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News18 » Business
4-min read

Zooming Onion Prices Raise Stagflation Stink Amid Slumping Growth, High Unemployment

With the spectre of rising retail inflation now coupled with slowing factory output and concerns over government’s own finances, there is little room for any marked improvement in India’s economic growth just yet.

Sindhu Bhattacharya |

Updated:December 15, 2019, 9:59 AM IST
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Zooming Onion Prices Raise Stagflation Stink Amid Slumping Growth, High Unemployment
A labourer sorts onions at a market in Chandigarh on December 10, 2019. (PTI)

Indira Gandhi rode back to power in 1980 in the ‘Onion Election’, defeating the Janata Party government by harping on the rising prices of the humble bulb. Since then, political observers point to at least two other general elections where rising onion prices have made (and unmade) political fortunes.

As prices of onion touch record highs once again in 2019, the Narendra Modi government seems helpless in curbing both price rise as well as the anger of the aam aadmi. It is just as well that no general election is round the corner.

Onion prices not only make for tricky politics, but also seem to be a major factor in determining India’s monetary policy. Remember, the Reserve Bank of India (RBI) decided to hold repo rates (rates at which it lends to banks and rates which ultimately determine your EMIs) last week, surprising all by pausing its earlier rate-cutting spree.

The central bank had cut the repo rate in five successive policy announcements before December 5, so obviously worries over inflation have overtaken those over stalling economic growth. The inflation data for November shows the RBI’s concerns are not unwarranted. Retail inflation in November touched a three-year high at 5.5%. The main cause of this spike in inflation is the increase in prices of vegetables, especially onions.

This inflation print breached the medium-term inflation target set by the Monetary Policy Committee of 4% for the second consecutive month, and, as explained earlier, was triggered by a rise in prices of food items.

Within food items, how the price of the onions has been moving is evident from data presented in Parliament. For the first four days of December, the retail price of onion was the highest in 36 months, six times the retail prices in January 2017, as per this written reply in Rajya Sabha.

The average retail price in the month till December 4 was Rs 82.17 against Rs 14.84 in January 2017, as per this government data. The onion costs nearly four times more in average retail price across the country in December compared to July this year.

Ratings agency CARE Ratings said in a note earlier that inflation has become one of the major threats to growth and this has been caused mainly by “the vegetables category, within which onions have played the dominant role in driving prices. This, however, is not a new phenomenon and has become common over the years. Prices tend to increase sharply every time there is a crop failure which has been caused more often than not by a delayed withdrawal of the monsoon or flooding at the time of harvest when the kharif crop is damaged.”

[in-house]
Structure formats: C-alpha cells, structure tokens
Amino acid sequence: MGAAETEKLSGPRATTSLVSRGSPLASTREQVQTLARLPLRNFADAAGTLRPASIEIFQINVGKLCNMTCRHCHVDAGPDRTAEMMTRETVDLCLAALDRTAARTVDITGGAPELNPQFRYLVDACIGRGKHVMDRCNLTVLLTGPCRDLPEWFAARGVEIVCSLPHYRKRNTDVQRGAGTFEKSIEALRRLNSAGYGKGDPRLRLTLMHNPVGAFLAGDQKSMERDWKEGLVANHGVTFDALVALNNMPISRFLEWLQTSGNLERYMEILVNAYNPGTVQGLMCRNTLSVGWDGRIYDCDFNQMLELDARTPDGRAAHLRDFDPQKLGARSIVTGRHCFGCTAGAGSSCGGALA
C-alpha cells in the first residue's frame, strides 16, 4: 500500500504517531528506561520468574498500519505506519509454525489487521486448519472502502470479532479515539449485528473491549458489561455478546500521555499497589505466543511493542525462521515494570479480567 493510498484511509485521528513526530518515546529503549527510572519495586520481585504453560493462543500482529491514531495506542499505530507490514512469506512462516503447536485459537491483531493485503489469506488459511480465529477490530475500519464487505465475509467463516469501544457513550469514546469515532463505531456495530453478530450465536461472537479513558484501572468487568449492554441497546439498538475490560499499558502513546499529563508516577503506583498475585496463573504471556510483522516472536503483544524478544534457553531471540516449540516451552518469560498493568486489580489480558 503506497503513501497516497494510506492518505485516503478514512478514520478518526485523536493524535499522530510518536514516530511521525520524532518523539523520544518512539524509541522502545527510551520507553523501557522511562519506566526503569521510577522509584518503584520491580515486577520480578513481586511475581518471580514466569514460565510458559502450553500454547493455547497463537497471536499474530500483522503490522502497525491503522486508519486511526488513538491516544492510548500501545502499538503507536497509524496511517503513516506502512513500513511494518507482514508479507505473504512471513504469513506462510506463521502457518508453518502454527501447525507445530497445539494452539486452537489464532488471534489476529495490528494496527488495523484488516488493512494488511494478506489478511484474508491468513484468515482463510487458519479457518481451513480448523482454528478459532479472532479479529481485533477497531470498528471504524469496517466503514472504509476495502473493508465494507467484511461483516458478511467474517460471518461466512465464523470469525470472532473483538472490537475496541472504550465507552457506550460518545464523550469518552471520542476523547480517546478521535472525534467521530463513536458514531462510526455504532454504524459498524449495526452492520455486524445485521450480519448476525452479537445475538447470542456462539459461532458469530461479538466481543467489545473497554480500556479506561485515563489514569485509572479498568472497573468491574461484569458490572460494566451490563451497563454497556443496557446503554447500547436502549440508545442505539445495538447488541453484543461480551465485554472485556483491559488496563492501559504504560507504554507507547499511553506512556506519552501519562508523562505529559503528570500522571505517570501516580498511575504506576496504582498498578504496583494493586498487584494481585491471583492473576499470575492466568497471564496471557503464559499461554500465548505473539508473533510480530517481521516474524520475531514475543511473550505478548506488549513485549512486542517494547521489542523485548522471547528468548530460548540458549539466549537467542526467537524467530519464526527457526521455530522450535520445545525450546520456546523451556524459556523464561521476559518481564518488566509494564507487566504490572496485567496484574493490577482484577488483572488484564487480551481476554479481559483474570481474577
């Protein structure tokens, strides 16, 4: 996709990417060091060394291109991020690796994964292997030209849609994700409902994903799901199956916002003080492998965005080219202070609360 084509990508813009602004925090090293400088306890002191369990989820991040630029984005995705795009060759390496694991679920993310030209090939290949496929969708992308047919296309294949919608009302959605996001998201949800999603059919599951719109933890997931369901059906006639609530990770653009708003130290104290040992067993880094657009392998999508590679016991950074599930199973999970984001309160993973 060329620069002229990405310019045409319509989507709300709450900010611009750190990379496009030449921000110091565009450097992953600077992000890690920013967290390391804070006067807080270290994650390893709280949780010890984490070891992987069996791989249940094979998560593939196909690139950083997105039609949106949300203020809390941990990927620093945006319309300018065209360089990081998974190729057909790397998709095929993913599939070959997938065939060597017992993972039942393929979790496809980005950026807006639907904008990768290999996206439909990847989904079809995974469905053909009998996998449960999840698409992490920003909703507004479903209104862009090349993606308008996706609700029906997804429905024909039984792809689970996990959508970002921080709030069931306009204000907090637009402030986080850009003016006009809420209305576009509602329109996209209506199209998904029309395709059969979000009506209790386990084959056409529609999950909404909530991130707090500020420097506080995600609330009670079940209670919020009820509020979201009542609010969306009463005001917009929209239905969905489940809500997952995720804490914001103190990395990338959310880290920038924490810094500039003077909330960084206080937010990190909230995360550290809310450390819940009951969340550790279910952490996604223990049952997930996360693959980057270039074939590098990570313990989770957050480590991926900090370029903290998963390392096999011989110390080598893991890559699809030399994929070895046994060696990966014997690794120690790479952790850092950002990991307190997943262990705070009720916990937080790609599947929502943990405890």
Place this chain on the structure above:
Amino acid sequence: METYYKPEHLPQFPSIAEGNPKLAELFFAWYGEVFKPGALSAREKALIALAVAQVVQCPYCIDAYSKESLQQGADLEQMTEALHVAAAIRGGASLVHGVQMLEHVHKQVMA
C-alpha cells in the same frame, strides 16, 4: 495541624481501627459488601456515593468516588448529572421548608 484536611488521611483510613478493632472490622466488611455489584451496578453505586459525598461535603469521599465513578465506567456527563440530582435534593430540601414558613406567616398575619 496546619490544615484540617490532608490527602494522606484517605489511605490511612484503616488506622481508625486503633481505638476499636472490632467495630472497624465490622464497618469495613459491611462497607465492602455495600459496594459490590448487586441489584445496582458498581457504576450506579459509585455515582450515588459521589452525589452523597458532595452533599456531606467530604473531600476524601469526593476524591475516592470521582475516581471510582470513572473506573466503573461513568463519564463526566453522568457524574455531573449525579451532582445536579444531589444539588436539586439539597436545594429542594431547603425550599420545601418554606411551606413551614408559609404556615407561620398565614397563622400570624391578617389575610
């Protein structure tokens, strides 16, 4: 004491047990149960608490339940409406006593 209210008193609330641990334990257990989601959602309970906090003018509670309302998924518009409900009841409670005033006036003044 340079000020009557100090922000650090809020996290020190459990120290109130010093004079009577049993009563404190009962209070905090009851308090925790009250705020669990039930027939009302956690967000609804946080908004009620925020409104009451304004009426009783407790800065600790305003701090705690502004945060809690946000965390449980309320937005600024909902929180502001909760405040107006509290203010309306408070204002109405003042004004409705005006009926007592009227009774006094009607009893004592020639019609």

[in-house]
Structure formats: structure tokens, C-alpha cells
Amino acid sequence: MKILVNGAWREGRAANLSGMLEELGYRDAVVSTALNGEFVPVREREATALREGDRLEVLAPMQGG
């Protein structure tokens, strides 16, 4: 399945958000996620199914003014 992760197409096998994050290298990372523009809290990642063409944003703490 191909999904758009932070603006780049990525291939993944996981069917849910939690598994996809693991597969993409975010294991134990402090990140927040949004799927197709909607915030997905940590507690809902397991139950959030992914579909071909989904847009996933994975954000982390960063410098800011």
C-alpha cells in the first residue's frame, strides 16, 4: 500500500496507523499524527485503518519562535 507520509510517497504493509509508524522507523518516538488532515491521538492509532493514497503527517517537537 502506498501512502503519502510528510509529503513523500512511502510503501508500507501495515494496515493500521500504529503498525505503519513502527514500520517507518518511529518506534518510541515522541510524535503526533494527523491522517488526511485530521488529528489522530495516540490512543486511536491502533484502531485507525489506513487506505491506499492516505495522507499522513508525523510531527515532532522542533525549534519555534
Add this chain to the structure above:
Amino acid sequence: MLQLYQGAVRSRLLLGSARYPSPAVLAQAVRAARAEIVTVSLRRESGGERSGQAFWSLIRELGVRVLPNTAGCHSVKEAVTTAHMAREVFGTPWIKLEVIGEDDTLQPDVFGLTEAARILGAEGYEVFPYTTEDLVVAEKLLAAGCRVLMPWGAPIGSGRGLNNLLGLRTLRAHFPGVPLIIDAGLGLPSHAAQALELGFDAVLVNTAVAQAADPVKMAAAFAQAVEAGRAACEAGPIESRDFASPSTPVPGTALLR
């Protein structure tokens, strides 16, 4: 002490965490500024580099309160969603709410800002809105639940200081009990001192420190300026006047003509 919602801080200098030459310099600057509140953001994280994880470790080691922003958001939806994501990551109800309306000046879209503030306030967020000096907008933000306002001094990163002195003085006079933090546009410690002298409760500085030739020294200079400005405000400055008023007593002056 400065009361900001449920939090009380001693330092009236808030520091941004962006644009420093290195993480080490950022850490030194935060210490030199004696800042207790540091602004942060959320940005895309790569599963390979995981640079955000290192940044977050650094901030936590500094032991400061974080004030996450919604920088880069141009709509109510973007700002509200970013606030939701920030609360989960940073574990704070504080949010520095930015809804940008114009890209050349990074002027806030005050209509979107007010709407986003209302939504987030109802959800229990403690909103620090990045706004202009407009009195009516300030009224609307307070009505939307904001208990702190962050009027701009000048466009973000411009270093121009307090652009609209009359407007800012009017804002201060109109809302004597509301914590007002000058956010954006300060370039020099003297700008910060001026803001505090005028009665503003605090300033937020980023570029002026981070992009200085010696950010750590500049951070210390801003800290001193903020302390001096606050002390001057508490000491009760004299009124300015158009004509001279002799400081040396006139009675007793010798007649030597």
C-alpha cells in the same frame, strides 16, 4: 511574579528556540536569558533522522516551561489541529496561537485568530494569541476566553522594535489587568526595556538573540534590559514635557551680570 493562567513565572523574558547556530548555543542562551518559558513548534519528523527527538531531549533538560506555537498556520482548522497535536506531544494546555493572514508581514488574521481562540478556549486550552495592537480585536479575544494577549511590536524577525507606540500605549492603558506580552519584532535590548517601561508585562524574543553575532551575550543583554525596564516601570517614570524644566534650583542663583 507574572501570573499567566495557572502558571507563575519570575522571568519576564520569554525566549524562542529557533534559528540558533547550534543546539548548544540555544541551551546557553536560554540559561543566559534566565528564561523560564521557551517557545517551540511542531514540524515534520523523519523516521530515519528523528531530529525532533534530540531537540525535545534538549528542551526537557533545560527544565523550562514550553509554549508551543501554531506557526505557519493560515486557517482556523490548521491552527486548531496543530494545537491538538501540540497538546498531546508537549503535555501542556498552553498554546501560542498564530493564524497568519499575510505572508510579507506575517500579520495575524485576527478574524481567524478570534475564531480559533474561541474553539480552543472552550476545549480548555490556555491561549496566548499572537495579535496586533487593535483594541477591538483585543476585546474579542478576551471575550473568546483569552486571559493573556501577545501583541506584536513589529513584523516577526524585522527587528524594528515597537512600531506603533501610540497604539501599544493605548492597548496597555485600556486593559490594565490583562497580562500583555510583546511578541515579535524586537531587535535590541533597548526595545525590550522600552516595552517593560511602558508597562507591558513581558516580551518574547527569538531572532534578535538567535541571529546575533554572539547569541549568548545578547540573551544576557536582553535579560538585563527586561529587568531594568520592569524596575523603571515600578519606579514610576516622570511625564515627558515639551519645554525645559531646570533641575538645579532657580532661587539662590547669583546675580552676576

What does the worrying inflation number in November mean? Analysts at brokerage Edelweiss said that while retail inflation was led entirely by food, core inflation further dis-inflated.

“Within food, the increase in inflation is reasonably broad based, led by normalisation of last year’s very low base and an unseasonal spike in vegetable prices. We view it as a temporary spike rather than the onset of fresh inflationary dynamics, given high global food stocks of most commodities. Core inflation (ex-commodities) is 3.4% year on year, down 40 bps (0.4%) over October and at a series low — implying weak domestic demand.”

The analysts went on to say that the raised vegetable prices may lead to higher food inflation over a couple of months. And the recent telecom tariff hikes could add 25–50 bps (0.25-0.5%) to overall inflation over the next 12 months.

“Hence, headline inflation risks overshooting the RBI’s H2FY20 forecast by 30–50 bps. If so, the possibility of a February rate cut stands reduced, though we expect the RBI to resume the easing cycle in FY21”.

In other words, any further rate cuts by the central bank are in doubt now, given the rising and persistently high food prices and also the increase in telecom tariffs.

The spectre of rising retail inflation is now coupled with slowing factory output and some economists are already using the term “stagflation” to define the goings on in the Indian economy now.

Earlier this month, former prime minister Manmohan Singh had warned of stagflation becoming a reality since India was witnessing slowing economic growth (4.5% GDP growth in the July-September was a record low), rising unemployment and galloping inflation.

Retail inflation in November was up 5.54% over November 2018, compared to an increase of 4.62% in October over the same month last year. In other data set released by the government, October industrial output fell 3.8% year on year, a decline for the third consecutive month and a significant divergence from the 8% growth seen in factory activity in October 2018.

The only saving grace was that the slowdown in factory activity in October was less than in September (4.3%). Out of 23 industries in the manufacturing sector, 18 registered contraction in output in October, 10 industries registered a double digit decline.

So as things stand, monetary easing has taken a pause, fiscal policy initiatives having seen middling success in addressing growth concerns and there are rising concerns over government’s own finances. There is little room for any marked improvement in India’s economic growth just yet.

(The author is a senior journalist. Views are personal)

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